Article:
In a startling number of cyborg texts, cyborgs are figured as white. The Replicants from Blade Runner, Molly and Angela in Gibson's Sprawl Trilogy , Major Kusanagi and Bateau from Ghost in the Shell , and the Knight Sabers in Bubblegum Crisis are all racialized as white. An argument could be made that the anime characters are supposed to be Japanese, but according to Wood, the anime aesthetic was originally developed to portray white characters in shows that took place in European cities. (Wood) In contrast, the black characters in William Gibson's Neuromancer are portrayed as devotees of voodoo spirituality and members of Rastafarian space colonies.
The whiteness of these cyborgs can be explained in several ways. One explanation is that whiteness is perceived in the West as a non-race that does not carry the burden of an ever-present racial identifier. Operating under this assumption, the white cyborg body is a universalized body. People of color have also been viewed as primitive and identified with nature (see Eric Dillon's Ethnic Characterizations in Neuromancer and Count Zero ), and their knowledge traditions are often discounted by Western science. This opposition posits science and technology (and therefore cyborgs) as the domain of whiteness.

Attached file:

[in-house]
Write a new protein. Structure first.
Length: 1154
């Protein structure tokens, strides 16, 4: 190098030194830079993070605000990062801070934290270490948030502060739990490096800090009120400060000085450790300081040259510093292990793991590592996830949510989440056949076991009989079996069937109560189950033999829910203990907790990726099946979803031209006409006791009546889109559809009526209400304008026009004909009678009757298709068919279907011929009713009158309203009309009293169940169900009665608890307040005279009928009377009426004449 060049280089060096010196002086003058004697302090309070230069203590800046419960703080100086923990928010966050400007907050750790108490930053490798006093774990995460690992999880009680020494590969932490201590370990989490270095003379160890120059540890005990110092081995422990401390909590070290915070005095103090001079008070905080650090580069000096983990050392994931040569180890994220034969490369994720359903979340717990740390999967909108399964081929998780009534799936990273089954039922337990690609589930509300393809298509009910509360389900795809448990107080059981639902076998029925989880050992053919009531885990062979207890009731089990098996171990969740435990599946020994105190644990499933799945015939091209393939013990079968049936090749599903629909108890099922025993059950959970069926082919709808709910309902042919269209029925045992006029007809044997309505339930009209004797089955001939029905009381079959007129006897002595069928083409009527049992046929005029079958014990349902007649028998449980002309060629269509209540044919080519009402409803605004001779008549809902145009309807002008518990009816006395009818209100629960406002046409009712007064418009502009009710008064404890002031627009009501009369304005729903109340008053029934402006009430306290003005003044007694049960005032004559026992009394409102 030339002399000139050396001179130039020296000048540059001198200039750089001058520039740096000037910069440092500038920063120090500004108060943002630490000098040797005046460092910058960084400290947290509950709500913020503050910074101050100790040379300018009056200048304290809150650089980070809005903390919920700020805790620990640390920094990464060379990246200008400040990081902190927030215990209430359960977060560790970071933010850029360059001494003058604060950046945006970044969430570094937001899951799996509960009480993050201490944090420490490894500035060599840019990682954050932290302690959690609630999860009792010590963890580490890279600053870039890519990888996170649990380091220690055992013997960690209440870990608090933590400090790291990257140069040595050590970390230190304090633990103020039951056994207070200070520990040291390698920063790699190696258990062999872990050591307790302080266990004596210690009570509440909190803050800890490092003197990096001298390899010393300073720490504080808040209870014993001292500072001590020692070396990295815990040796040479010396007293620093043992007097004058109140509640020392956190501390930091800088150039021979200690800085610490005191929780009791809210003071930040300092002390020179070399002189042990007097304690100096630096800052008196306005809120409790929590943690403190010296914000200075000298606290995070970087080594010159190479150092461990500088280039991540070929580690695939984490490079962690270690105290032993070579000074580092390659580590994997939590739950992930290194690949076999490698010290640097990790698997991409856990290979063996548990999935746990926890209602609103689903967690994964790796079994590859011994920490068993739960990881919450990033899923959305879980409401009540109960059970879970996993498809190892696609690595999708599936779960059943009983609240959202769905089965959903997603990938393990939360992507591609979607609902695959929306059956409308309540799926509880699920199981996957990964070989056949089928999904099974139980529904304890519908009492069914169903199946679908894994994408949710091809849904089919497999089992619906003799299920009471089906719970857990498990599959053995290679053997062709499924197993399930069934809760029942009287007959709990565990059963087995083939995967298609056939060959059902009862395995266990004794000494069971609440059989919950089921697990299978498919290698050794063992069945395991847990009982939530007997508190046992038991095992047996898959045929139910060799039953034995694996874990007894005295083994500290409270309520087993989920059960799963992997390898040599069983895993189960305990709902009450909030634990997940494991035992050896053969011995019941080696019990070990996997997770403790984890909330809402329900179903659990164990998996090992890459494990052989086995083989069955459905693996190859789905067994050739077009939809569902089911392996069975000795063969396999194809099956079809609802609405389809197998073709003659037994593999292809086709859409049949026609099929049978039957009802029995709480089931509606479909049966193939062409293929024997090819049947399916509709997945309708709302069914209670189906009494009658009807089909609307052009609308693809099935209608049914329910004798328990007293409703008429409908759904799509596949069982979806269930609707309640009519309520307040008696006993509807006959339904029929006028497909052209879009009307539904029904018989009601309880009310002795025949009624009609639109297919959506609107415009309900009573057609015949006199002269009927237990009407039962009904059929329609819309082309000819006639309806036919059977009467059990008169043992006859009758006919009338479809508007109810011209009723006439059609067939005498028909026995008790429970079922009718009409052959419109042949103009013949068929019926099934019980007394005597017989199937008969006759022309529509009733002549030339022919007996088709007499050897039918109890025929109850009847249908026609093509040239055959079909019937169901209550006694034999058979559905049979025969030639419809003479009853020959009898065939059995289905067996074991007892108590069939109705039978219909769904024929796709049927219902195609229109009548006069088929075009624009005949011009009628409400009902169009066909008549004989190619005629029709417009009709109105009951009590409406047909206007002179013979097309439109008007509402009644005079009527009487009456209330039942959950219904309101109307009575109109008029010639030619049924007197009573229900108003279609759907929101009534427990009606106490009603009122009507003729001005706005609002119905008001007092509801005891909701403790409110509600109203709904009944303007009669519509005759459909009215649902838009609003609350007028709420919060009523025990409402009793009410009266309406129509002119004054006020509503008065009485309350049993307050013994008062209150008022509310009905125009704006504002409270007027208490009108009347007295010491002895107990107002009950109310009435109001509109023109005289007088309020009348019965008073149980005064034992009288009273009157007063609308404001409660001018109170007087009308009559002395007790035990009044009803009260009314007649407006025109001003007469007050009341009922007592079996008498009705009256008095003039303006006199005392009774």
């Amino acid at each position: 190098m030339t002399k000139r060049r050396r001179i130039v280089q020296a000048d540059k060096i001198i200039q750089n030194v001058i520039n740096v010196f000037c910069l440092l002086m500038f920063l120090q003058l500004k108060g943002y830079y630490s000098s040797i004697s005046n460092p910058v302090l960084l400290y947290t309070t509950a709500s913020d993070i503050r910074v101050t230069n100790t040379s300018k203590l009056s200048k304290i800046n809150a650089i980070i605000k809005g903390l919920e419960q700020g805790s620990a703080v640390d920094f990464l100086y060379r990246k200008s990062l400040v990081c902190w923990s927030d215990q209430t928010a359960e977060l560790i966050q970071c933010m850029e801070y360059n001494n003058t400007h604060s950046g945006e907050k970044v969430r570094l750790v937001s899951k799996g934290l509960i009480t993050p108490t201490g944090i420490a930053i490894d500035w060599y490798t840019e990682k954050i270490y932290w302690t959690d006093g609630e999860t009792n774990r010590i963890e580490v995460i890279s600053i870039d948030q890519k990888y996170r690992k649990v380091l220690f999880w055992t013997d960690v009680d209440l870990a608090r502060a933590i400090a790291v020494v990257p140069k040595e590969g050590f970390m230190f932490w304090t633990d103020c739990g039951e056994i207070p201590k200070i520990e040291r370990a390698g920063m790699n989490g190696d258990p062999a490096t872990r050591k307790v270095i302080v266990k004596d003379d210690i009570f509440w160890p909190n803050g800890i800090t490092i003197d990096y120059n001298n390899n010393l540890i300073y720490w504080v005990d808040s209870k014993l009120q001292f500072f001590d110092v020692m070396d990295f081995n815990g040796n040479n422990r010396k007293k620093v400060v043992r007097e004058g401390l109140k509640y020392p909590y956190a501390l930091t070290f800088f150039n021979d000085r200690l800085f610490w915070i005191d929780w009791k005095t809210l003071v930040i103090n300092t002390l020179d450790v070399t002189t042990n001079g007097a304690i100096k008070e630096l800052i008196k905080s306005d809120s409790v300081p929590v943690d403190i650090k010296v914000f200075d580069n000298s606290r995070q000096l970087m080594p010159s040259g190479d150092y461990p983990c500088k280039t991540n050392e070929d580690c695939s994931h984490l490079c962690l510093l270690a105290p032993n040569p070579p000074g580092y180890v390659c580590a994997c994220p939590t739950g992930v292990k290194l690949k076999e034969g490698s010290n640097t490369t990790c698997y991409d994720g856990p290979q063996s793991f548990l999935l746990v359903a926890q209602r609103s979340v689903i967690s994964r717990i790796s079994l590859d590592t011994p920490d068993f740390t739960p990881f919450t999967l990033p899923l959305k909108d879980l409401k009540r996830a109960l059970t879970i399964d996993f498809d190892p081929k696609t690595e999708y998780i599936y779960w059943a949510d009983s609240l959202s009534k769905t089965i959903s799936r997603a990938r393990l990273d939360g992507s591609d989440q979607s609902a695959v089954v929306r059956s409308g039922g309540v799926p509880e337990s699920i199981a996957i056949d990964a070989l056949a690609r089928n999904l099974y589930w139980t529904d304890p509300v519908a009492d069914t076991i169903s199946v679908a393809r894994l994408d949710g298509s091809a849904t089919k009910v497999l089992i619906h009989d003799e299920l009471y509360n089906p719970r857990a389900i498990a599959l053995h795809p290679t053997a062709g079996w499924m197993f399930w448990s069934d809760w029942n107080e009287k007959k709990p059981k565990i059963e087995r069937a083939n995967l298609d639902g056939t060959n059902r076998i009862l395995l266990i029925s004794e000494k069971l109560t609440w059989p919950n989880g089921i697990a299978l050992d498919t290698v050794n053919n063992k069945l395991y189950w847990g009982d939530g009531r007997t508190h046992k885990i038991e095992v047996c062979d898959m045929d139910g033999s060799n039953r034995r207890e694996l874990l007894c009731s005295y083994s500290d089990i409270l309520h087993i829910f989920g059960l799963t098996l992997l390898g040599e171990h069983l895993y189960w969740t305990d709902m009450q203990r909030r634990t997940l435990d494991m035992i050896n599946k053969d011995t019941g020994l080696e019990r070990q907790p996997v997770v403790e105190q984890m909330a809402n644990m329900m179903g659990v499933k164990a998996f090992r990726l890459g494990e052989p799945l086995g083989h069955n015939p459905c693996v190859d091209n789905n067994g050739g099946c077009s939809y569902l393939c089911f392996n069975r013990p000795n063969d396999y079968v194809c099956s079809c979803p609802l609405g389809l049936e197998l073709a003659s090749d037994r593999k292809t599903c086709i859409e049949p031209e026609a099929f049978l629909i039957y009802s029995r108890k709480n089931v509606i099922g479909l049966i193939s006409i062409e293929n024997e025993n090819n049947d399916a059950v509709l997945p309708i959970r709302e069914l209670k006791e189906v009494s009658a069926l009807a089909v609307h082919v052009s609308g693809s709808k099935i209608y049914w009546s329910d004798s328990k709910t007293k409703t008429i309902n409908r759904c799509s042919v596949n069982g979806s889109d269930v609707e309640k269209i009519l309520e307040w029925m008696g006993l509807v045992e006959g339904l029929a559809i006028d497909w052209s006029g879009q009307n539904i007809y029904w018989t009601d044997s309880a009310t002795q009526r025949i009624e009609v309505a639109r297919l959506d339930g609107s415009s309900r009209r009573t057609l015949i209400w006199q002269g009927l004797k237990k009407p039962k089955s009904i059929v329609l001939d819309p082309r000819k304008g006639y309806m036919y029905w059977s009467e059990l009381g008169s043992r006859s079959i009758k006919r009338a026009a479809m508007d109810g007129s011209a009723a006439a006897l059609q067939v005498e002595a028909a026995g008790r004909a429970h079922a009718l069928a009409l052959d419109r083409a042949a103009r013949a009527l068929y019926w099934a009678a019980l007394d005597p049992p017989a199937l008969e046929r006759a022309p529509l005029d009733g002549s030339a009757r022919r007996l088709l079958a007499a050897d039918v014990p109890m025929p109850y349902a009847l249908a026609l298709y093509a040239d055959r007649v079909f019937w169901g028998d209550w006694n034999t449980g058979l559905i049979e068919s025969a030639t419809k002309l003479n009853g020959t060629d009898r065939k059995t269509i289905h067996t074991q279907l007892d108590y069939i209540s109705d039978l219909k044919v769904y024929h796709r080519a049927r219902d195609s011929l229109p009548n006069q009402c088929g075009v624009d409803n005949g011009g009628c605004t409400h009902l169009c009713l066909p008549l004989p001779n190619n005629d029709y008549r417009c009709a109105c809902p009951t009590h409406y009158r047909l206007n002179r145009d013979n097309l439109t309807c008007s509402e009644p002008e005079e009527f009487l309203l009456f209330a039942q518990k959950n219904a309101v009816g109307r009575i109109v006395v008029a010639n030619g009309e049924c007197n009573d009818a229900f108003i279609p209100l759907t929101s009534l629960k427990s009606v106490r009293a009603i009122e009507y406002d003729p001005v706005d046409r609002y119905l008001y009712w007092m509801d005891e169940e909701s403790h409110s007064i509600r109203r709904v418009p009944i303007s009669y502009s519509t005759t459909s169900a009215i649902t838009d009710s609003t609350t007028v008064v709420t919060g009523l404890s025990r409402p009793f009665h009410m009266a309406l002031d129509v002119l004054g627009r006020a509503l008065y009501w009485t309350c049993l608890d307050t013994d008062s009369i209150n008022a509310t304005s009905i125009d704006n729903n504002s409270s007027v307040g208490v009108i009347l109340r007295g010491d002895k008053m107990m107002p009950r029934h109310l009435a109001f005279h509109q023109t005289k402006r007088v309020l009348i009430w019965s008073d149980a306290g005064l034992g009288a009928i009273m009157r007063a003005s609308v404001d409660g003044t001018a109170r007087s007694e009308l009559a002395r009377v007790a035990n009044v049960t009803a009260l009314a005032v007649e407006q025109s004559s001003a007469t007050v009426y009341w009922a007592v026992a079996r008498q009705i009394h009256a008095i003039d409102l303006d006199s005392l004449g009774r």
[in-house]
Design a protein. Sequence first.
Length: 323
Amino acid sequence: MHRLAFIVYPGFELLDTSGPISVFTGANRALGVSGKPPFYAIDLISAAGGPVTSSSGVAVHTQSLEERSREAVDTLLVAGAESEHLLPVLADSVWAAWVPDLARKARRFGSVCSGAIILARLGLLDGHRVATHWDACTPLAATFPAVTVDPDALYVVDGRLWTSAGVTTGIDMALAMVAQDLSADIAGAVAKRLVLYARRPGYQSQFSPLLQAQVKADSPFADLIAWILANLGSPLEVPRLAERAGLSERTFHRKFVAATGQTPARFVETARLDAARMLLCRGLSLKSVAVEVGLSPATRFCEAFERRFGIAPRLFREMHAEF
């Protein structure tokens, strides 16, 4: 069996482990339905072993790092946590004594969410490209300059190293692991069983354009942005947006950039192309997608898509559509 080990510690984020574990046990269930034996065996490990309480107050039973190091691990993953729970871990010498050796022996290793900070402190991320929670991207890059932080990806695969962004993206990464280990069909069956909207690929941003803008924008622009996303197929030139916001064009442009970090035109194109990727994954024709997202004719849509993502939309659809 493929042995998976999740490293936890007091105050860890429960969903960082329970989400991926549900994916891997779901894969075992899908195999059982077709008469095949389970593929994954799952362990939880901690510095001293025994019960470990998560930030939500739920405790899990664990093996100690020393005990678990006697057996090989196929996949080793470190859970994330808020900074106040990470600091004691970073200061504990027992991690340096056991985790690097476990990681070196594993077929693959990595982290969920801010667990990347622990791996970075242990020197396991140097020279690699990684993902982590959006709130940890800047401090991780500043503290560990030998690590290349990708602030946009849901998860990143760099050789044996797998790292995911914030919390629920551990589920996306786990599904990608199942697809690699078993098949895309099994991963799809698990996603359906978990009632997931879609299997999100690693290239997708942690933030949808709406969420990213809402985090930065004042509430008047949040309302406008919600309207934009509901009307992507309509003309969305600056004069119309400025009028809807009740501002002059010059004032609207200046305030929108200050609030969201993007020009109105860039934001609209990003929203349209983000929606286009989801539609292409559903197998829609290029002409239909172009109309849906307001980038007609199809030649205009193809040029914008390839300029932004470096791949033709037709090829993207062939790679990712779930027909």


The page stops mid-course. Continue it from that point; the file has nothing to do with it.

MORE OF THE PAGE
Last modified 22 May 2007